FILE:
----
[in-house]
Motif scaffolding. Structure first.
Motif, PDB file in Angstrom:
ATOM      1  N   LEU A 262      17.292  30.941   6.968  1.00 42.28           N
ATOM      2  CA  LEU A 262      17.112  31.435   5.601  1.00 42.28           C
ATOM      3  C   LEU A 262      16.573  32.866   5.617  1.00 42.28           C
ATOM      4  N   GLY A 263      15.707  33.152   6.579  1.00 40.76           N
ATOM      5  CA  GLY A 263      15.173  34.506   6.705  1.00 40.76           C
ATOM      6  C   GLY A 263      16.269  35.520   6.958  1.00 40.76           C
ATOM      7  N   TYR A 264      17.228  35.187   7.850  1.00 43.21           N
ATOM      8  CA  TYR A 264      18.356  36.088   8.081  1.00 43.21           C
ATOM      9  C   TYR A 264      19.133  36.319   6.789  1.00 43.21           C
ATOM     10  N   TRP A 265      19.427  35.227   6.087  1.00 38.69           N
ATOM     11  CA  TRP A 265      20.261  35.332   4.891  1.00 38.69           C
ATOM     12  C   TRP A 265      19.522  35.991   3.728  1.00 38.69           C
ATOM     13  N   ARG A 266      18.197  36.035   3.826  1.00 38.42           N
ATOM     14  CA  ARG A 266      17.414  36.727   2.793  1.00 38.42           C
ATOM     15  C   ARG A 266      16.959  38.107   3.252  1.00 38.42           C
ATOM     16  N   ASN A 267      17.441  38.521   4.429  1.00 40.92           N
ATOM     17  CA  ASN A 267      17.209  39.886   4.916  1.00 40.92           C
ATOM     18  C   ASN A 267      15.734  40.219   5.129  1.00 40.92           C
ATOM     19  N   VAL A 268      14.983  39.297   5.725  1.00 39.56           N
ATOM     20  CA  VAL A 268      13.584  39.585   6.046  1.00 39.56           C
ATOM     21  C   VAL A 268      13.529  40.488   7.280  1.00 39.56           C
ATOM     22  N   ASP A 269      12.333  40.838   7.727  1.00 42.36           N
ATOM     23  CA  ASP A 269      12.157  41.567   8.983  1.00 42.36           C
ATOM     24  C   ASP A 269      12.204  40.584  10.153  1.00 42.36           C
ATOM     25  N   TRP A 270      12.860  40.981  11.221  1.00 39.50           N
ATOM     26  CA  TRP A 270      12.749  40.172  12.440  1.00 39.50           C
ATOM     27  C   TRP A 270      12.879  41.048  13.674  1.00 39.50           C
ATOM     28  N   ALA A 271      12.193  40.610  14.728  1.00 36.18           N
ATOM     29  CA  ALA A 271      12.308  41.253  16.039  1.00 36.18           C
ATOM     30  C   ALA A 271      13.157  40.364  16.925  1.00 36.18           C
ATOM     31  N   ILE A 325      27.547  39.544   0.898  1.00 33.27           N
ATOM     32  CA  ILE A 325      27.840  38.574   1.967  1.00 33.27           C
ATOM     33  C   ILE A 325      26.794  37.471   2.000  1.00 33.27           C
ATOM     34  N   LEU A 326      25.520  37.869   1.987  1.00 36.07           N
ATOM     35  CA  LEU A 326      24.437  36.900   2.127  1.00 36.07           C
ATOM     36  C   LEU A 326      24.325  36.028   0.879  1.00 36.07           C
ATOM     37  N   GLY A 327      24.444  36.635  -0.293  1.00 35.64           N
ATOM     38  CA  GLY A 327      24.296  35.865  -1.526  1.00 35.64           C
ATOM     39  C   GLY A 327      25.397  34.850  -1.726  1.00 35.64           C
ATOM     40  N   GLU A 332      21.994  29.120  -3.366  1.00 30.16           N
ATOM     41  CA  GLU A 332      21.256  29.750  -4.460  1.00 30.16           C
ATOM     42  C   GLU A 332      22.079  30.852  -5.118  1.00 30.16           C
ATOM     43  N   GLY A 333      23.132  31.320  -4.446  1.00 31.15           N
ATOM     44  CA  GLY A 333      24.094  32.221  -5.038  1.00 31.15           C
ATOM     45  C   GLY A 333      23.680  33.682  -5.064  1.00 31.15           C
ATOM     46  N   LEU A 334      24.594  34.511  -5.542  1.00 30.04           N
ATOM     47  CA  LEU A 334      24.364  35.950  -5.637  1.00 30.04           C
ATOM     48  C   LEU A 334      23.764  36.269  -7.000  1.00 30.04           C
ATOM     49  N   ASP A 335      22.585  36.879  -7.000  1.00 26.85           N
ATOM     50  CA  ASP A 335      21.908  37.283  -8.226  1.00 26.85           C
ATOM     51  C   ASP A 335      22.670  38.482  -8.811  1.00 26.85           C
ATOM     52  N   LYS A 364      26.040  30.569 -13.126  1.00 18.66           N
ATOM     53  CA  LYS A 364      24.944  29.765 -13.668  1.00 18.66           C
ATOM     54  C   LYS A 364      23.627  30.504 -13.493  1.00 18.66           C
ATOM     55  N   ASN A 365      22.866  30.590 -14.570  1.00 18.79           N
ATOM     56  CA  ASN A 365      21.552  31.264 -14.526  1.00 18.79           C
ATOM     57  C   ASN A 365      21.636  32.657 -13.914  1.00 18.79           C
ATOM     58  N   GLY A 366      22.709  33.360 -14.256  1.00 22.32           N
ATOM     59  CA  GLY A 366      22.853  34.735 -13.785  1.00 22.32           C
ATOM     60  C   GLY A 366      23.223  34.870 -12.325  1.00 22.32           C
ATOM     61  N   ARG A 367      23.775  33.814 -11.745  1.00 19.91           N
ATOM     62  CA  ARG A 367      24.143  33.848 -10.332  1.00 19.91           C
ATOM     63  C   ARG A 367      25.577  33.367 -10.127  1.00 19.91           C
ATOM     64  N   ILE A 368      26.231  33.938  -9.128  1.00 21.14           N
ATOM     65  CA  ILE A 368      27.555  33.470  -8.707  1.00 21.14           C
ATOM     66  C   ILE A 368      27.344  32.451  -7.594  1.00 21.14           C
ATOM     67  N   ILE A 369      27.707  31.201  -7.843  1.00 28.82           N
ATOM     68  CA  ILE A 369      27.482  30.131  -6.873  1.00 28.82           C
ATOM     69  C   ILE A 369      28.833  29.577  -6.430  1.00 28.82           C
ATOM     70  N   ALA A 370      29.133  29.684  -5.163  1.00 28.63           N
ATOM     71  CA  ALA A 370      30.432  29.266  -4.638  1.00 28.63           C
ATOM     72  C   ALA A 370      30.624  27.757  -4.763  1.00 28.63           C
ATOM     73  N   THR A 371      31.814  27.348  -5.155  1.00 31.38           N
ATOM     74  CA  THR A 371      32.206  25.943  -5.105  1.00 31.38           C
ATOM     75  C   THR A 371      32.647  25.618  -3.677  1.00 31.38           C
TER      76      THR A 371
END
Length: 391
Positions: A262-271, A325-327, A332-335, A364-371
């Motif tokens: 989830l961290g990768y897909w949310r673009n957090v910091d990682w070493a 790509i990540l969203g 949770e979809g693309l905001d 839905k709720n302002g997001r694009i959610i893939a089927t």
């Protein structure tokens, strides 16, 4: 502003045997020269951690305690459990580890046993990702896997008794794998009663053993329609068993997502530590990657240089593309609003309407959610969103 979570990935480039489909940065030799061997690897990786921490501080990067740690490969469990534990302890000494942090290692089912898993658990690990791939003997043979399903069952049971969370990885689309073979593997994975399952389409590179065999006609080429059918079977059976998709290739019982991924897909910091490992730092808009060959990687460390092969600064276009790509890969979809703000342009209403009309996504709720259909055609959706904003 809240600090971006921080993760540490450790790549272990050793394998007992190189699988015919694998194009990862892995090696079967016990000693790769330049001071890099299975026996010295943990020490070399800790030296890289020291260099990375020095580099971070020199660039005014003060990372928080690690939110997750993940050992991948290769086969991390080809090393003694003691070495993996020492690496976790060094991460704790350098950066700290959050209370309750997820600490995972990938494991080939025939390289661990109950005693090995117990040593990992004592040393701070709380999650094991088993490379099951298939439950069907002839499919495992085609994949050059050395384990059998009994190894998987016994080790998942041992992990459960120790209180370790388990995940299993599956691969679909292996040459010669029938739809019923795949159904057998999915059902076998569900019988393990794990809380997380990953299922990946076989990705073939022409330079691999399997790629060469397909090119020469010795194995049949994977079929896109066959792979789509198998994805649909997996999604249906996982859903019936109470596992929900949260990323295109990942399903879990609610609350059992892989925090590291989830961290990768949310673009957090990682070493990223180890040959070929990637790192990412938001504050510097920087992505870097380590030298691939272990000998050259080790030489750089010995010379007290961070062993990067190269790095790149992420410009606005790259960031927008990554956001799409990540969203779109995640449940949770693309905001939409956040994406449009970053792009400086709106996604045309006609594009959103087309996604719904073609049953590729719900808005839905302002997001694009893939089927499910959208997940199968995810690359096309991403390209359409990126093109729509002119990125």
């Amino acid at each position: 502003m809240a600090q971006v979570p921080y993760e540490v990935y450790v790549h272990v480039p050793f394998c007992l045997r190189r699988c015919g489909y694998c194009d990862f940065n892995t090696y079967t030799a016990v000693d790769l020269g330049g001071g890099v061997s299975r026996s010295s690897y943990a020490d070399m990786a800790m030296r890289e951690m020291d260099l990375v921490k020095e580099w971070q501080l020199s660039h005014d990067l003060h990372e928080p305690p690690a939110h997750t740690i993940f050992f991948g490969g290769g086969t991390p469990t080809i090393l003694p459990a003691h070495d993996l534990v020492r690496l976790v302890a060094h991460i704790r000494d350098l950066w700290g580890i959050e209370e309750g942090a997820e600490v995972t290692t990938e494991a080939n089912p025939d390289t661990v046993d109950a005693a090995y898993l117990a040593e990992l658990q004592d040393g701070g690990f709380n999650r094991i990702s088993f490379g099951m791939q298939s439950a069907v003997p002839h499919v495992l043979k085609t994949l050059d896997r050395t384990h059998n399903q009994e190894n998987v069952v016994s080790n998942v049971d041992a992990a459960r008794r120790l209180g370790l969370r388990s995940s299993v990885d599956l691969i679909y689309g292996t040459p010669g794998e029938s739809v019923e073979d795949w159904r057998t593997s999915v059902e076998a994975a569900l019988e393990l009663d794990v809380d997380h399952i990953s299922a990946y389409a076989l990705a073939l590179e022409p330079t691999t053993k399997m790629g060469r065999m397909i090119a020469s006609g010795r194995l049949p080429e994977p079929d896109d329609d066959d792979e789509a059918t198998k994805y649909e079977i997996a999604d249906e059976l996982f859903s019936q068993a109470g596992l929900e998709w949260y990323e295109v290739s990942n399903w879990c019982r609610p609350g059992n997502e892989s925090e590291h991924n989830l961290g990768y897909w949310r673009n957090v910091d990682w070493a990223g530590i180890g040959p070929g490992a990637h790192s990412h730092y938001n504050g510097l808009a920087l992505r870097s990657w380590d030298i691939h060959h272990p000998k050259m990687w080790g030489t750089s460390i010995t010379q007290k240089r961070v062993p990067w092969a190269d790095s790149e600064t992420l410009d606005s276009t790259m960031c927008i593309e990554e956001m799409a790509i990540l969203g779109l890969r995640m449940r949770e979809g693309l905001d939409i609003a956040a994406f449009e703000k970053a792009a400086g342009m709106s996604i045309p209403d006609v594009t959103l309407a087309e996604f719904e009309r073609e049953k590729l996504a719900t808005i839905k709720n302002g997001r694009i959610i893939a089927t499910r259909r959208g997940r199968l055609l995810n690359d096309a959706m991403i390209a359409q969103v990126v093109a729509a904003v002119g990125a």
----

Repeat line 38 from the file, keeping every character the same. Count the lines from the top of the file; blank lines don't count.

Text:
ATOM     35  CA  LEU A 326      24.437  36.900   2.127  1.00 36.07           C